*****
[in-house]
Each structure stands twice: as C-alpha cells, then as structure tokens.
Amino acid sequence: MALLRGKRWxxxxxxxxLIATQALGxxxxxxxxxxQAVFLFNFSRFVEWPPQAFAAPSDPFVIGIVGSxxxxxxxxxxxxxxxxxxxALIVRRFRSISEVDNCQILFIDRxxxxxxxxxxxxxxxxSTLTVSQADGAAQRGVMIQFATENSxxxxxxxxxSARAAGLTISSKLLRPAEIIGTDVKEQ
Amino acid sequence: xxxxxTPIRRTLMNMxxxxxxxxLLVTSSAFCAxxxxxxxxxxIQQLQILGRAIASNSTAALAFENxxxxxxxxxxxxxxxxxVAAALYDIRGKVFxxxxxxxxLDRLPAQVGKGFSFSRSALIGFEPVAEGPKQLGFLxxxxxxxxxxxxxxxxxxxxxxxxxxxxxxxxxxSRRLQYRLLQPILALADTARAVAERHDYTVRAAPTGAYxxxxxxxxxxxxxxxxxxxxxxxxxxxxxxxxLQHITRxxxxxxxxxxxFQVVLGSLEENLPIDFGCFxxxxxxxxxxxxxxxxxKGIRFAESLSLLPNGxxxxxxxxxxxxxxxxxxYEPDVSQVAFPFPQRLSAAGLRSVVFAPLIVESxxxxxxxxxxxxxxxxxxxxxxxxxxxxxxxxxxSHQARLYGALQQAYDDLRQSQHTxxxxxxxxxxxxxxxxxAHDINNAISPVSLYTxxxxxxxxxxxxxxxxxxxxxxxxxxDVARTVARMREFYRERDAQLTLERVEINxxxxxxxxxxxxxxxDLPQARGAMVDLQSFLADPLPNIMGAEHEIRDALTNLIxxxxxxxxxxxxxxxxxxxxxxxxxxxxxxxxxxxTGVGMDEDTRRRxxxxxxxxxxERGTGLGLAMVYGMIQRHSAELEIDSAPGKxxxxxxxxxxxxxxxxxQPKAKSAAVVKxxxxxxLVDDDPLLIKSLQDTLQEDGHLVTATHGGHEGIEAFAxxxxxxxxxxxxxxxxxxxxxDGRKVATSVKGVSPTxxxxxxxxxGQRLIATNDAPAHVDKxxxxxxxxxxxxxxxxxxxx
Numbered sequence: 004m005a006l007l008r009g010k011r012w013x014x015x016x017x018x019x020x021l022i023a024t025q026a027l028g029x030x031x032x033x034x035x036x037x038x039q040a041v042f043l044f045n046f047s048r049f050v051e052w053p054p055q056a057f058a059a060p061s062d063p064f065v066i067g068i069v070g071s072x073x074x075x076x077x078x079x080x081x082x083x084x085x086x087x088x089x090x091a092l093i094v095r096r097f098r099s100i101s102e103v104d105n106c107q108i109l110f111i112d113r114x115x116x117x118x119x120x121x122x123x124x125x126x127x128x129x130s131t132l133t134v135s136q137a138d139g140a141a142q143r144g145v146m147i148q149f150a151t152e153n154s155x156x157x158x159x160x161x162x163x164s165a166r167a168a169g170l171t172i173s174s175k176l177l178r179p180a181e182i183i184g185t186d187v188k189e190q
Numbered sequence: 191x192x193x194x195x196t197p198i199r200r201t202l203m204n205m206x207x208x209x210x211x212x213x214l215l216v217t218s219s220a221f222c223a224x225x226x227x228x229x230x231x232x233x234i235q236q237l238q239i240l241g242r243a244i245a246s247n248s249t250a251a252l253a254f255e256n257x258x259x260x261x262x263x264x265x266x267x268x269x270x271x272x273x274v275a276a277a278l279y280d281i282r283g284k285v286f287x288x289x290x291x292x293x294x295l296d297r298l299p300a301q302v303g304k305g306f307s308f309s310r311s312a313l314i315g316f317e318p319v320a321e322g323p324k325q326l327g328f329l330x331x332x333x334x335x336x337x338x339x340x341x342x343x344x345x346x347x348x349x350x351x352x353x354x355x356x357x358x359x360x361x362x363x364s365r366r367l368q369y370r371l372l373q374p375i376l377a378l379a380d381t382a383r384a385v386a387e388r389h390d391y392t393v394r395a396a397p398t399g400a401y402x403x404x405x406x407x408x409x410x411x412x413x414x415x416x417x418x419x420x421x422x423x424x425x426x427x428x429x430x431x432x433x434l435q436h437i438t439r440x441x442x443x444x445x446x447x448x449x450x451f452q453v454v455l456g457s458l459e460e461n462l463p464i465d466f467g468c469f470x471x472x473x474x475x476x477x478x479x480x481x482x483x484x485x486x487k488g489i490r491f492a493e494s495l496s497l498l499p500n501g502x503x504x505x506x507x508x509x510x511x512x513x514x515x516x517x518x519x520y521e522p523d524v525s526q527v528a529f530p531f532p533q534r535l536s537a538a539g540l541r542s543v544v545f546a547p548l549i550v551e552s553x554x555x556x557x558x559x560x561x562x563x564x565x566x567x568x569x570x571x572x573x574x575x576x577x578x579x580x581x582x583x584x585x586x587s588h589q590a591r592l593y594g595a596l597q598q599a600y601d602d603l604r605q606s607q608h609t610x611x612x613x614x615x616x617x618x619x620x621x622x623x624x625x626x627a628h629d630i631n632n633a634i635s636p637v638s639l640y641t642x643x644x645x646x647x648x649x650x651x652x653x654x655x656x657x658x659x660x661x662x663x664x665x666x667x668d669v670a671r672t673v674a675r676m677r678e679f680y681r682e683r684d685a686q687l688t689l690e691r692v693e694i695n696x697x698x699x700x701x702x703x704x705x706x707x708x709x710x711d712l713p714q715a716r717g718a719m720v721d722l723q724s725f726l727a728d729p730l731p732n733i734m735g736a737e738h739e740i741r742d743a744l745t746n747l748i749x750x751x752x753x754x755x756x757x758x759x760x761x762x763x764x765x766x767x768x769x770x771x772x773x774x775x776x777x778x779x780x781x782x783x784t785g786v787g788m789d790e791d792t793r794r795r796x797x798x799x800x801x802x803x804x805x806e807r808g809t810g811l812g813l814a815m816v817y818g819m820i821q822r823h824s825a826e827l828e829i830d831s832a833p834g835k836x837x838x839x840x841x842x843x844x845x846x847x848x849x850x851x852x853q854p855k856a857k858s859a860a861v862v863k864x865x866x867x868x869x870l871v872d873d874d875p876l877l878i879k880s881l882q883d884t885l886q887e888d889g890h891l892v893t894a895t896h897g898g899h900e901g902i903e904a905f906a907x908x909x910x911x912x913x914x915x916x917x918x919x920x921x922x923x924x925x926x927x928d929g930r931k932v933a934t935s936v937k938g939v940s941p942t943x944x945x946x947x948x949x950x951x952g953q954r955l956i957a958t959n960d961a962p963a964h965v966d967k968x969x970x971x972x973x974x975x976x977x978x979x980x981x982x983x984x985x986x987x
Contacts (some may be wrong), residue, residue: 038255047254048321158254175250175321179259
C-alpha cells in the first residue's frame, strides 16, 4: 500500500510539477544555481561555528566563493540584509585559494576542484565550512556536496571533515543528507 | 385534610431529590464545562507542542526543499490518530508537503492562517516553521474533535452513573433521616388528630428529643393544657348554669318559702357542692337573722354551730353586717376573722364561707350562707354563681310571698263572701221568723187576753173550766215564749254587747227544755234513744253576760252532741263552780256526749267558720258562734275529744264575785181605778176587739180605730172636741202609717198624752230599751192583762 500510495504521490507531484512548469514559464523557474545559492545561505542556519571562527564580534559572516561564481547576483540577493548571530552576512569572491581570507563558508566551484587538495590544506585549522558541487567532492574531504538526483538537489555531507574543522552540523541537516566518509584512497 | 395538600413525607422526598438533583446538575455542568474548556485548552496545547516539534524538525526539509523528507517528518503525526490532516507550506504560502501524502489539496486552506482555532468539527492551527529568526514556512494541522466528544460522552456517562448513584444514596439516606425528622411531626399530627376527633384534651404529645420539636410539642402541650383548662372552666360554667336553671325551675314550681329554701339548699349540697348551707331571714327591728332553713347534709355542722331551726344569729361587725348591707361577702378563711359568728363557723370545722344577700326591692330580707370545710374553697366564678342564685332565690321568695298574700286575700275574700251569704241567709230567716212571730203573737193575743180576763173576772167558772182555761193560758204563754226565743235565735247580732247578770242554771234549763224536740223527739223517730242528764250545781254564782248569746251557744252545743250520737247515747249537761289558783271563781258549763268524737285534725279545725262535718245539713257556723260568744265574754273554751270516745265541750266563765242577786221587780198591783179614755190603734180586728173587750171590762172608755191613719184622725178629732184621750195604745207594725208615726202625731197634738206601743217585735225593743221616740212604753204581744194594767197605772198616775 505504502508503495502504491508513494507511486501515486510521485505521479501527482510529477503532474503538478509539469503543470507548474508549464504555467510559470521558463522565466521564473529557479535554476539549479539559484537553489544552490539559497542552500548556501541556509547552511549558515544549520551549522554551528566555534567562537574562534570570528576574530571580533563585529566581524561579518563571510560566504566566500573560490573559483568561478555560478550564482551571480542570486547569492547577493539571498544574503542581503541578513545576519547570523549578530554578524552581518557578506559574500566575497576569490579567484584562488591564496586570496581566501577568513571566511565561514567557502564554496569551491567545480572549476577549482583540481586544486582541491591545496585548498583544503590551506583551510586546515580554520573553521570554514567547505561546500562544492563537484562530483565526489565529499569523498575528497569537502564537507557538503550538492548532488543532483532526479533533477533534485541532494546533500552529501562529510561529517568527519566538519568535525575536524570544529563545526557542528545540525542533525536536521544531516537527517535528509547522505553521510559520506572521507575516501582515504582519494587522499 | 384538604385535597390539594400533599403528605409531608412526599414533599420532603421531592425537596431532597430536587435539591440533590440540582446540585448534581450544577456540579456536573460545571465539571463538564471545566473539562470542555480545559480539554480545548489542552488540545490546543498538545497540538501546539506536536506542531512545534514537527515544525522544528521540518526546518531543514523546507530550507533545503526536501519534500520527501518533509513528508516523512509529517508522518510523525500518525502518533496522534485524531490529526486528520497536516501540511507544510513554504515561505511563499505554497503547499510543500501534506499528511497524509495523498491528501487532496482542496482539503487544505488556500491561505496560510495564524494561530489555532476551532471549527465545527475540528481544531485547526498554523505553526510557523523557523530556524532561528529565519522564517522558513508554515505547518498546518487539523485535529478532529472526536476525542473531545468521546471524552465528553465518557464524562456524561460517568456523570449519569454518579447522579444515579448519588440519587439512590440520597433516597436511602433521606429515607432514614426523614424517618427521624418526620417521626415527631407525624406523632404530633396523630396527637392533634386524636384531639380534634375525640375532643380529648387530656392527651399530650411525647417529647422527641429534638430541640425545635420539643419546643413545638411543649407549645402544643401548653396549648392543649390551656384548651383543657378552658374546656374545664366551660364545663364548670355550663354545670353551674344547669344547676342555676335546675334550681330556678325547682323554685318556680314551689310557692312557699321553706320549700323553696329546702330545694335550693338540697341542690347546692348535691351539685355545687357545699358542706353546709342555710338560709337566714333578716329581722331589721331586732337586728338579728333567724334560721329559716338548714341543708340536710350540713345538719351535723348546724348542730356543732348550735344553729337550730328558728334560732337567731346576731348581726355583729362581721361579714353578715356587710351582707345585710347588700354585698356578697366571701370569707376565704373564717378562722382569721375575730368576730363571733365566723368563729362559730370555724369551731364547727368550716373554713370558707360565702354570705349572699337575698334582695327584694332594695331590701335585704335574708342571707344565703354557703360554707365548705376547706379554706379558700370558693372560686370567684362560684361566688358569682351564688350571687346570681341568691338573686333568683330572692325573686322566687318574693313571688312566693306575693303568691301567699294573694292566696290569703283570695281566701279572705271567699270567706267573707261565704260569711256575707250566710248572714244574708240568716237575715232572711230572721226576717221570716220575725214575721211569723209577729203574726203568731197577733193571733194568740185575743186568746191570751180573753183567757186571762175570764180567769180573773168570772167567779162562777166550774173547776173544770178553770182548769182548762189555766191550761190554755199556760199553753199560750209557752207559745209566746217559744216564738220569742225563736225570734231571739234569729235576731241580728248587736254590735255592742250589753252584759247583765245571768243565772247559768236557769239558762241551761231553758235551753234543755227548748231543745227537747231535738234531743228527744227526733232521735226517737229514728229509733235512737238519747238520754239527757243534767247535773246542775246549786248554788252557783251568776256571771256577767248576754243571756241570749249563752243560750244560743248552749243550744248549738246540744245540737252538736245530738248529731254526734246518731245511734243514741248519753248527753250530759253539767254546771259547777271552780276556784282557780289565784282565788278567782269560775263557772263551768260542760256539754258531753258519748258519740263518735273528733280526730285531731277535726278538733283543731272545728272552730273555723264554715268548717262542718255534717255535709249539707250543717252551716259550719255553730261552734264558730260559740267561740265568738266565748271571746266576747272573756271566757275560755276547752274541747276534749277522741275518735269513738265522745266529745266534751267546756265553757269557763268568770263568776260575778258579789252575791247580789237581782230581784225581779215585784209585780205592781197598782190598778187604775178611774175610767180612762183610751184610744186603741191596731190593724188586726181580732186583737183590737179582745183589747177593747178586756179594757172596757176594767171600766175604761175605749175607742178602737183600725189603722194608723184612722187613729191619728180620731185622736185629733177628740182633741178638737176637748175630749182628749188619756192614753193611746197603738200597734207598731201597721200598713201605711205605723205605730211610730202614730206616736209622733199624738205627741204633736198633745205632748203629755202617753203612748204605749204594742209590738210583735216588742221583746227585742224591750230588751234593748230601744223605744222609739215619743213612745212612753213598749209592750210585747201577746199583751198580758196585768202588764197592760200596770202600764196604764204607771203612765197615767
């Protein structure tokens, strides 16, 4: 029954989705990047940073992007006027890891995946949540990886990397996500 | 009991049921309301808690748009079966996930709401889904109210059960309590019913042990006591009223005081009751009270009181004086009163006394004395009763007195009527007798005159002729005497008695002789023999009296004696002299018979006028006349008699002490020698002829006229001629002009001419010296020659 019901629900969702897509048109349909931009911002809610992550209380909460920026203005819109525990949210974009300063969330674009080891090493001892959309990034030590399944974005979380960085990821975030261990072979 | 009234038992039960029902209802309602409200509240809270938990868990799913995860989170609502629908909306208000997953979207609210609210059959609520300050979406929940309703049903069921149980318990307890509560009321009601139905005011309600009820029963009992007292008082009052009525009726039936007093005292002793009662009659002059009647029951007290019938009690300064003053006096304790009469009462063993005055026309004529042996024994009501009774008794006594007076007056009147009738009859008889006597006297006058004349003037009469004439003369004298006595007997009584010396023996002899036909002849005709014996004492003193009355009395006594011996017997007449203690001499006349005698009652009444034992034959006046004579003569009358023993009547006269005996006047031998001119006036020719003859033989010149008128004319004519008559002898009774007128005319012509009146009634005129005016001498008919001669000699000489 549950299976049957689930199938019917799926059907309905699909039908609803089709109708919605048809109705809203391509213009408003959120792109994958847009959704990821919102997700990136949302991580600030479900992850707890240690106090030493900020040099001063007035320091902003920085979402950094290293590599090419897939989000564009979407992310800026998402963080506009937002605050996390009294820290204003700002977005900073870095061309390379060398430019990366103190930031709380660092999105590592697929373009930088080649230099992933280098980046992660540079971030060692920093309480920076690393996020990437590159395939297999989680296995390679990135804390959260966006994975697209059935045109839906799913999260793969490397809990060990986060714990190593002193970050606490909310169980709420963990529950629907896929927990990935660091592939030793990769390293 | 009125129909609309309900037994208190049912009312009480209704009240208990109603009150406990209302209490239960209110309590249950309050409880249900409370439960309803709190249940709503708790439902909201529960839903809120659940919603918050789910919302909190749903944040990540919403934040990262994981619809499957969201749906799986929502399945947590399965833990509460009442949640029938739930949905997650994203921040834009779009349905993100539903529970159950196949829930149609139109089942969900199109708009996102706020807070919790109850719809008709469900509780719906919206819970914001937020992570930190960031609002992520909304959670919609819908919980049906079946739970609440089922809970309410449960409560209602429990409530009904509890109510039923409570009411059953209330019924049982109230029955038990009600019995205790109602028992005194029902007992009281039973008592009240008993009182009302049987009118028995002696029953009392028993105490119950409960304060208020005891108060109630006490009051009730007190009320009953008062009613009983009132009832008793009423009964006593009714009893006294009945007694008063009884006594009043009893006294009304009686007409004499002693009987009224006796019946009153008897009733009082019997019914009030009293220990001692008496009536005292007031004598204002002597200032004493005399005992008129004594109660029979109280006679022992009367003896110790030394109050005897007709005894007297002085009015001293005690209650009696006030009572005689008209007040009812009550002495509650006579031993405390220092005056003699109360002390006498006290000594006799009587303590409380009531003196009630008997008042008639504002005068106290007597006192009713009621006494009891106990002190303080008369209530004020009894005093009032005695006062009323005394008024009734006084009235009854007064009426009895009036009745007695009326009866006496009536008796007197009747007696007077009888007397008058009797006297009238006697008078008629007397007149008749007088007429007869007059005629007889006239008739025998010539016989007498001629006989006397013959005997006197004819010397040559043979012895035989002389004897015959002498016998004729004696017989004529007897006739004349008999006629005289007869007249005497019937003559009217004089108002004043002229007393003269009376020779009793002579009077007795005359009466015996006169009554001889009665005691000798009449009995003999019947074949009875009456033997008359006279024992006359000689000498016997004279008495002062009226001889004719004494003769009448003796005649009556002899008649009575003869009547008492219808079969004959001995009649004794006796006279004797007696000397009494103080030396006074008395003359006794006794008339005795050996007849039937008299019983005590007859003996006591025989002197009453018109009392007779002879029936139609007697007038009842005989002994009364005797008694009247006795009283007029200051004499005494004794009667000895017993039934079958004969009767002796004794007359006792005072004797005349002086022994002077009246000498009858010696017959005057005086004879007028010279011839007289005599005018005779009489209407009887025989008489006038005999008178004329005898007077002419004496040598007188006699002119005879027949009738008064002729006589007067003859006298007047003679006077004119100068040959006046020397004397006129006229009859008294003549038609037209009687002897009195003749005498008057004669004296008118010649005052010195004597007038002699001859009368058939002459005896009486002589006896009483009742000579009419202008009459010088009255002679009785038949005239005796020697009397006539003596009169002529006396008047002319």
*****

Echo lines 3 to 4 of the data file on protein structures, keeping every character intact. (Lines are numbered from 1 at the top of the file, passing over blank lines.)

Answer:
Amino acid sequence: MALLRGKRWxxxxxxxxLIATQALGxxxxxxxxxxQAVFLFNFSRFVEWPPQAFAAPSDPFVIGIVGSxxxxxxxxxxxxxxxxxxxALIVRRFRSISEVDNCQILFIDRxxxxxxxxxxxxxxxxSTLTVSQADGAAQRGVMIQFATENSxxxxxxxxxSARAAGLTISSKLLRPAEIIGTDVKEQ
Amino acid sequence: xxxxxTPIRRTLMNMxxxxxxxxLLVTSSAFCAxxxxxxxxxxIQQLQILGRAIASNSTAALAFENxxxxxxxxxxxxxxxxxVAAALYDIRGKVFxxxxxxxxLDRLPAQVGKGFSFSRSALIGFEPVAEGPKQLGFLxxxxxxxxxxxxxxxxxxxxxxxxxxxxxxxxxxSRRLQYRLLQPILALADTARAVAERHDYTVRAAPTGAYxxxxxxxxxxxxxxxxxxxxxxxxxxxxxxxxLQHITRxxxxxxxxxxxFQVVLGSLEENLPIDFGCFxxxxxxxxxxxxxxxxxKGIRFAESLSLLPNGxxxxxxxxxxxxxxxxxxYEPDVSQVAFPFPQRLSAAGLRSVVFAPLIVESxxxxxxxxxxxxxxxxxxxxxxxxxxxxxxxxxxSHQARLYGALQQAYDDLRQSQHTxxxxxxxxxxxxxxxxxAHDINNAISPVSLYTxxxxxxxxxxxxxxxxxxxxxxxxxxDVARTVARMREFYRERDAQLTLERVEINxxxxxxxxxxxxxxxDLPQARGAMVDLQSFLADPLPNIMGAEHEIRDALTNLIxxxxxxxxxxxxxxxxxxxxxxxxxxxxxxxxxxxTGVGMDEDTRRRxxxxxxxxxxERGTGLGLAMVYGMIQRHSAELEIDSAPGKxxxxxxxxxxxxxxxxxQPKAKSAAVVKxxxxxxLVDDDPLLIKSLQDTLQEDGHLVTATHGGHEGIEAFAxxxxxxxxxxxxxxxxxxxxxDGRKVATSVKGVSPTxxxxxxxxxGQRLIATNDAPAHVDKxxxxxxxxxxxxxxxxxxxx